Some time ago, during one of my Story Explorer Creative Writing workshops for youngsters, a little girl became very frustrated that she could not get her drawing ‘right’, that she kept making 'mistakes’. In fact, she almost ripped through the page with her pencil as she scratched out her illustrations. We worked through the problem, but shortly afterwards I stumbled upon The Book of Mistakes by Corinna Luyken which is the perfect picture book to help in this situation. What an excellent resource to show children that a 'mistake' can actually be the beginning of a whole new set of possibilities.
The premise of the story is simple: the narrator makes a mistake when drawing a character's face. One eye is bigger than the other. So the narrator tries to fix the problem… and makes it worse. Now the other eye is even bigger than the first eye. BUT, if the too-big-eyes are turned into a pair of glasses, then the character looks even more interesting than in the original drawing.
The narrator makes more mistakes: the neck is too long, the feet do not touch the ground, a splodge of ink messes up the face. However, with a bit of imagination and creativity, each error develops the story and moves it forward: now the neck is decorated with a beautiful collar, the character is actually wearing roller skates, and the ink blot becomes her hat.
Some mistakes just do not work out and are disregarded. But in the grand scheme of the other inventions in the book, this does not really matter. The reader sees that the unfolding story is a work in progress, that it is fun to experiment, to turn one thing into another and see where it takes us.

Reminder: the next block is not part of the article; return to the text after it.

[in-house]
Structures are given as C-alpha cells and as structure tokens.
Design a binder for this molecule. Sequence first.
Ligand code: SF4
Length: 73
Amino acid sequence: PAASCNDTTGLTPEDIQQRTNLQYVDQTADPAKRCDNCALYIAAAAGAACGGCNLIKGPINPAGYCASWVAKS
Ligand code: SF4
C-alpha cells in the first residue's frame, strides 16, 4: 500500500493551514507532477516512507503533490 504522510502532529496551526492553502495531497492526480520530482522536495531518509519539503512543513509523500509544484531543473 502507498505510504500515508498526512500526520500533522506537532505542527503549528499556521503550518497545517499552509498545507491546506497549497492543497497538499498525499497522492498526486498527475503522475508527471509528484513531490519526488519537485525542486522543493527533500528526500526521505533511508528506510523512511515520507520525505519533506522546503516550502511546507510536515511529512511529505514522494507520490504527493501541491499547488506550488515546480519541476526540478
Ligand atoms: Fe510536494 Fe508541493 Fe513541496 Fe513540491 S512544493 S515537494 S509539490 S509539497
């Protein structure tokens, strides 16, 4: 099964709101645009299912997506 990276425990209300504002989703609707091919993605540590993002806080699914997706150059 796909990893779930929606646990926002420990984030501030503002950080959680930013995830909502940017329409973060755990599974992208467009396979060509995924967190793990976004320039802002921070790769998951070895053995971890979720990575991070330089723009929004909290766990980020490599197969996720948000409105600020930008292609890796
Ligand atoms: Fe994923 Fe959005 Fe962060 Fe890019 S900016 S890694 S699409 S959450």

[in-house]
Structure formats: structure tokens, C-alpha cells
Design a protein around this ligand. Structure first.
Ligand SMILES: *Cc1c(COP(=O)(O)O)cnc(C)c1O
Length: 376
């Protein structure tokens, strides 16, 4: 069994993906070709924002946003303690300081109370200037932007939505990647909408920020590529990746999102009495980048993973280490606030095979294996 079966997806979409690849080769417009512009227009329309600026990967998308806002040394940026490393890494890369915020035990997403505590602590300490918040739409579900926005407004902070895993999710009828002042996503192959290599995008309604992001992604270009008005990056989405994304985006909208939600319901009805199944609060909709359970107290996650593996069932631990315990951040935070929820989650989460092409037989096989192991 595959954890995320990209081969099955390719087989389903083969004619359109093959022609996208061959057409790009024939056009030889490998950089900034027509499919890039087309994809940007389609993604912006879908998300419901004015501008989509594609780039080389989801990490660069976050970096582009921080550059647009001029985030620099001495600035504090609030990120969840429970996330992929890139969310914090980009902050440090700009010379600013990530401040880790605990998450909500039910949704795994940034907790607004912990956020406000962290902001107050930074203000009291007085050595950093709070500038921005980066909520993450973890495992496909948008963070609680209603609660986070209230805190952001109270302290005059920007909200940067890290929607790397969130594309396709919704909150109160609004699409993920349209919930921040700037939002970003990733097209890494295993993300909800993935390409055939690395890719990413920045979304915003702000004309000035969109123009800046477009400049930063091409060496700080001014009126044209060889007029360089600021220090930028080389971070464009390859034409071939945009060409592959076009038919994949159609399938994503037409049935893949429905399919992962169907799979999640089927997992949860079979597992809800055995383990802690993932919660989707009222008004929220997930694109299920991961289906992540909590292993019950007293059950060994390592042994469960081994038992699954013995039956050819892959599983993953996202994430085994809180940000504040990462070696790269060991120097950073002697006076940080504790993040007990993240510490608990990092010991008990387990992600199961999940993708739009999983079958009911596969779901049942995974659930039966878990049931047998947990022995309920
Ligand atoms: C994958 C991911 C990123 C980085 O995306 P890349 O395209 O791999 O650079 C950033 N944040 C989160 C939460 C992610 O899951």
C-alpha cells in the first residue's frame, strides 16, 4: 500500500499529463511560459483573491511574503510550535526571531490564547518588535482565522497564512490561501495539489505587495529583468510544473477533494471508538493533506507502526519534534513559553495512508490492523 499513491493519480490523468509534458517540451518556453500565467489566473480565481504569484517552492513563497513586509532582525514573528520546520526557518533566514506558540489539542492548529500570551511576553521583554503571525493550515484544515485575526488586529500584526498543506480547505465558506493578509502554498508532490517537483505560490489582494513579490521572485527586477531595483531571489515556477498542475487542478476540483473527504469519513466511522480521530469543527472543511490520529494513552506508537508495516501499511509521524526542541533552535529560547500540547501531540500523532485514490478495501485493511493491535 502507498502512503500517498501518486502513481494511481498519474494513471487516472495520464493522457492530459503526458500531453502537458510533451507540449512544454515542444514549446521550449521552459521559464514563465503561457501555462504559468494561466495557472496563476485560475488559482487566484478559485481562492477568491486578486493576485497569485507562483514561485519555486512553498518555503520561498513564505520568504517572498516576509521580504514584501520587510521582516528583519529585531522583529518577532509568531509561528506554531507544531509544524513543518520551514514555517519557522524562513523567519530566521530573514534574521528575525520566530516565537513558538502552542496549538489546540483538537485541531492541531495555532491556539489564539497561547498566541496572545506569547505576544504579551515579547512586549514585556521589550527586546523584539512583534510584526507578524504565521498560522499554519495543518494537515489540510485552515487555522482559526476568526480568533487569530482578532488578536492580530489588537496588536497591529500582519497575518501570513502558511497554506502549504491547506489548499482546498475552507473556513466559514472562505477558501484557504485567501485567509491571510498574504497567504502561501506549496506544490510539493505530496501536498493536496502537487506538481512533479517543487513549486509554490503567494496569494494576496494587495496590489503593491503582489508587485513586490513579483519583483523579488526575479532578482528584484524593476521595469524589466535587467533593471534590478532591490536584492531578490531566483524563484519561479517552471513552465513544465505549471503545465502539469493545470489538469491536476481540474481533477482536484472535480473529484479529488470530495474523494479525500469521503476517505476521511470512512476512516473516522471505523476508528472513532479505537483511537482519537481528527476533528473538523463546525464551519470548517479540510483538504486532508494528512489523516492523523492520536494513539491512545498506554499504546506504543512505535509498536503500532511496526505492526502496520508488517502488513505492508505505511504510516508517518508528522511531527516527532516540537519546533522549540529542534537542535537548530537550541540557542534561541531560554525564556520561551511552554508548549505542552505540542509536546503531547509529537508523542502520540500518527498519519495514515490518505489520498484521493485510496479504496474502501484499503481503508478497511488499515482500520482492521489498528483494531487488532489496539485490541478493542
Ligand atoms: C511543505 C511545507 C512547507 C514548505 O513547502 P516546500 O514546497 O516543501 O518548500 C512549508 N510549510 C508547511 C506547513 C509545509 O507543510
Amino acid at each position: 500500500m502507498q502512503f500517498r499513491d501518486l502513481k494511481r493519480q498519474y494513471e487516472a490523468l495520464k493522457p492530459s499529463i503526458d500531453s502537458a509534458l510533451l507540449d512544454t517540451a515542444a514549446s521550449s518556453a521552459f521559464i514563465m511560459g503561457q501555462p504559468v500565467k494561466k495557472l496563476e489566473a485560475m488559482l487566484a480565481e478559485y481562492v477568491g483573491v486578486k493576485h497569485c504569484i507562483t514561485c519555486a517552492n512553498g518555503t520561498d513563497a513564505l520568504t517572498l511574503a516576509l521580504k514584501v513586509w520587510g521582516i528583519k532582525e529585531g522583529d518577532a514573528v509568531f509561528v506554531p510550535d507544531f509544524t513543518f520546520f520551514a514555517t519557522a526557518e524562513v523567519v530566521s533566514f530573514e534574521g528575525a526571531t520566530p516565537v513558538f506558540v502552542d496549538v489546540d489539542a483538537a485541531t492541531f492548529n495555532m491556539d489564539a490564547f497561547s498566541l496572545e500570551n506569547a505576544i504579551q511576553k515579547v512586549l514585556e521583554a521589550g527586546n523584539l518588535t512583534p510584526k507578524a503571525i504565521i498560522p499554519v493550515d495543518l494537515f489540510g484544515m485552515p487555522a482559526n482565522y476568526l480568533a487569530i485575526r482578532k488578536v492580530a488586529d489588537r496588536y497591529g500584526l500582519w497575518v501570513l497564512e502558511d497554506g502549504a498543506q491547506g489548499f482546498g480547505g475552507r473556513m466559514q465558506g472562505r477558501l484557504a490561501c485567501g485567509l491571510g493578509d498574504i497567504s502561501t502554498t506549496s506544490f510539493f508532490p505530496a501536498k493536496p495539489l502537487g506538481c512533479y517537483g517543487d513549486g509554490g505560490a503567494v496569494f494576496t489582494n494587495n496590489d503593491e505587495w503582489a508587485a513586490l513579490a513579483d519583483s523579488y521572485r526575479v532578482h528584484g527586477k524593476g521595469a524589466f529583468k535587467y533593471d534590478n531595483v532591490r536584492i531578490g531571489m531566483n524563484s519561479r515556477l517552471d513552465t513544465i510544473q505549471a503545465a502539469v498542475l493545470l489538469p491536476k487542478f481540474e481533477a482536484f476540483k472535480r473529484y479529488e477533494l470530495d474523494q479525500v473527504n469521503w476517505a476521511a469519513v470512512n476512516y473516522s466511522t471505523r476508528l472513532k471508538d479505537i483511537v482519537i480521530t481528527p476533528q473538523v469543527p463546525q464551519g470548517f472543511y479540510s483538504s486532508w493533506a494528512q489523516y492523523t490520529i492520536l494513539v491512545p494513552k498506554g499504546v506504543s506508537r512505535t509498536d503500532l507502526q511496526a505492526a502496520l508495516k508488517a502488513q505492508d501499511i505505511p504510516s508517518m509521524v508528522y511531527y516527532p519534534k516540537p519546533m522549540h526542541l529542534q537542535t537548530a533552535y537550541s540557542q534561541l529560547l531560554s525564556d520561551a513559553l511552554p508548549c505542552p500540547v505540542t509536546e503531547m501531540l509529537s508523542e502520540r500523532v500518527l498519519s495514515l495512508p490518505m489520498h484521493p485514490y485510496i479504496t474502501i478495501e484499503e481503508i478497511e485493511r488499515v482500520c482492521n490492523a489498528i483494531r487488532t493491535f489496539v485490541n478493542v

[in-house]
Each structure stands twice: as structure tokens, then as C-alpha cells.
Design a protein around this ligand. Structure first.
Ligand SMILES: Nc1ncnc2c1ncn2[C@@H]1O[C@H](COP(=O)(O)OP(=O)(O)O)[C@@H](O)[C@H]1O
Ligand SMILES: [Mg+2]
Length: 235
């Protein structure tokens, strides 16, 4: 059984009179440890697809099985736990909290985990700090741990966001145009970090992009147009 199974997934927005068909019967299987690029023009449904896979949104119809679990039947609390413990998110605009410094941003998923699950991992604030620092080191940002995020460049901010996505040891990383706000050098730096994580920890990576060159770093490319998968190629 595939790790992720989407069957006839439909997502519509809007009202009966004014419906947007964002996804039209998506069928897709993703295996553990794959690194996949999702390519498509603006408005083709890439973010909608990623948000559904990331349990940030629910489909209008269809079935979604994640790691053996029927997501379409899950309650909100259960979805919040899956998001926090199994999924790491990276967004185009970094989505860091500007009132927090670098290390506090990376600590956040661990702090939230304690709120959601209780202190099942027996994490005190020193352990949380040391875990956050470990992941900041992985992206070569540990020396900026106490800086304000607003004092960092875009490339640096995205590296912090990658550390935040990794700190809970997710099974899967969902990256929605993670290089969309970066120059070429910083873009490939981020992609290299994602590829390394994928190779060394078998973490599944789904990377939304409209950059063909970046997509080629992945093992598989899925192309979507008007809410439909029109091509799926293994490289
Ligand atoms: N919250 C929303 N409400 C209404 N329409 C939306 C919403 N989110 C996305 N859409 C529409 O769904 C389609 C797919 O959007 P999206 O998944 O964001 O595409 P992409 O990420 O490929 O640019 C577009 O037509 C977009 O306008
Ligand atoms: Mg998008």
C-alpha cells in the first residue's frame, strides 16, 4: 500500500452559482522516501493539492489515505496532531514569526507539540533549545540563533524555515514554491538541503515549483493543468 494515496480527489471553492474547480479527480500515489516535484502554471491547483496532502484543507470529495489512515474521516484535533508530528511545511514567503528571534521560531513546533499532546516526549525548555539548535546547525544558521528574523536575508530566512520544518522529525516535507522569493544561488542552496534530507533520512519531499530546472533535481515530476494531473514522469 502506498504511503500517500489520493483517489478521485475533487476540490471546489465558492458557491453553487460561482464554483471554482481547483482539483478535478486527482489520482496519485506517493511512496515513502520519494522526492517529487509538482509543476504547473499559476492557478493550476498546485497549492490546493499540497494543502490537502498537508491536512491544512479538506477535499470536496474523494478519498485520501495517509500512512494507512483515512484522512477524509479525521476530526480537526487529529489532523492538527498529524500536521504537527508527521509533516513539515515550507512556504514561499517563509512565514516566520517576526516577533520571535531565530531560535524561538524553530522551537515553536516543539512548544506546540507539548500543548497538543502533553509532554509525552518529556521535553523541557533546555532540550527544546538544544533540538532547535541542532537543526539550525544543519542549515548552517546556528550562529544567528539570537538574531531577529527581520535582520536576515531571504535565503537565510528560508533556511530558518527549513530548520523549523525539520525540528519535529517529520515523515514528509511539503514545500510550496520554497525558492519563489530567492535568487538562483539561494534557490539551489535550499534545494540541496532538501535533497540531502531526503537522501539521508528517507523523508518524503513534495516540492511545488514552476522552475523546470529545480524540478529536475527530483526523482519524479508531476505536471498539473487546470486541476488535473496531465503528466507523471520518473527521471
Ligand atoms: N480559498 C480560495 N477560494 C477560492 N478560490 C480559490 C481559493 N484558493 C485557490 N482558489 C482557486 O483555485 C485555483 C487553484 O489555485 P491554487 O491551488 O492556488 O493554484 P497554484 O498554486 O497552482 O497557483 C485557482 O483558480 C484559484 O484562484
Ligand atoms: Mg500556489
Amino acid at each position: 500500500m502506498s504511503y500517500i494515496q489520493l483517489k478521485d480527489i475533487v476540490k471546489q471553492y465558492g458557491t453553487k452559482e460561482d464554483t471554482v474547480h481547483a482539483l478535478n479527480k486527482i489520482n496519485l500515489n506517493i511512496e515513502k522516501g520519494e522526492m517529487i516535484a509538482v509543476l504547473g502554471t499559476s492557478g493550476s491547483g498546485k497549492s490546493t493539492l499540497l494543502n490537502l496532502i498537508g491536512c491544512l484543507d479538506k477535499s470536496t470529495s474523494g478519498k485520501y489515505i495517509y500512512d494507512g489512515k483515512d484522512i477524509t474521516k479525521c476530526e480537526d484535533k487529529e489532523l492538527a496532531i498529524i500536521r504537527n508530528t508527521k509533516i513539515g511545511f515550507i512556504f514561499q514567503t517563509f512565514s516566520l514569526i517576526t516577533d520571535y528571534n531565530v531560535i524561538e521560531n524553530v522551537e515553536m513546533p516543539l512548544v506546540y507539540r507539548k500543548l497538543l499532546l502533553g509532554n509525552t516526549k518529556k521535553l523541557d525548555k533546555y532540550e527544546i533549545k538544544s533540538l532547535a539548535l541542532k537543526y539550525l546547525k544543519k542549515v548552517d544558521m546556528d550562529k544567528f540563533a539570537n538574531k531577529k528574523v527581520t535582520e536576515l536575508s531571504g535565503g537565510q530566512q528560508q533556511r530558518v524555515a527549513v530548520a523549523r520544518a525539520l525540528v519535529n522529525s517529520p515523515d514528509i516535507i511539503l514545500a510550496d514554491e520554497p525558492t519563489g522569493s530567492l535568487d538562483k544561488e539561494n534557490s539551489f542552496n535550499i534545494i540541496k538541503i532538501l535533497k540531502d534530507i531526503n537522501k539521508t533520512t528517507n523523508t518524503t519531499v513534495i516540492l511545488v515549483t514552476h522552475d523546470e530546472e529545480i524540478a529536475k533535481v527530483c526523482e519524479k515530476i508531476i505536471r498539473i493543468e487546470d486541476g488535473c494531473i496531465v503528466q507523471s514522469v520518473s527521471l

After a while, the words in The Book of Mistakes disappear completely. For five straight double-page spreads, the illustrations alone tell the story. Our newly-created girl character moves into a story world, which develops into an adventurous fantasy land of possibility, peopled with children playing around a big tree.
The perspective for the illustrations now changes, zooms out, so that the tree becomes part of a bigger wood. Then we realize the dark wood is actually on top of a girl’s head (part of her mind?) — a girl that has an uncanny resemblance to the character that was created at the beginning of the book. And now this girl starts to draw a face which reminds us of how the story began…
We are left with two final questions that address the reader directly: “Do you see how with each mistake she is becoming? Do you see now who she could be?”
As observed by a child at story time, “Since the girl in the book is the one making the pictures of herself, it’s like she’s the real artist. We’re seeing how the real artist thinks.”
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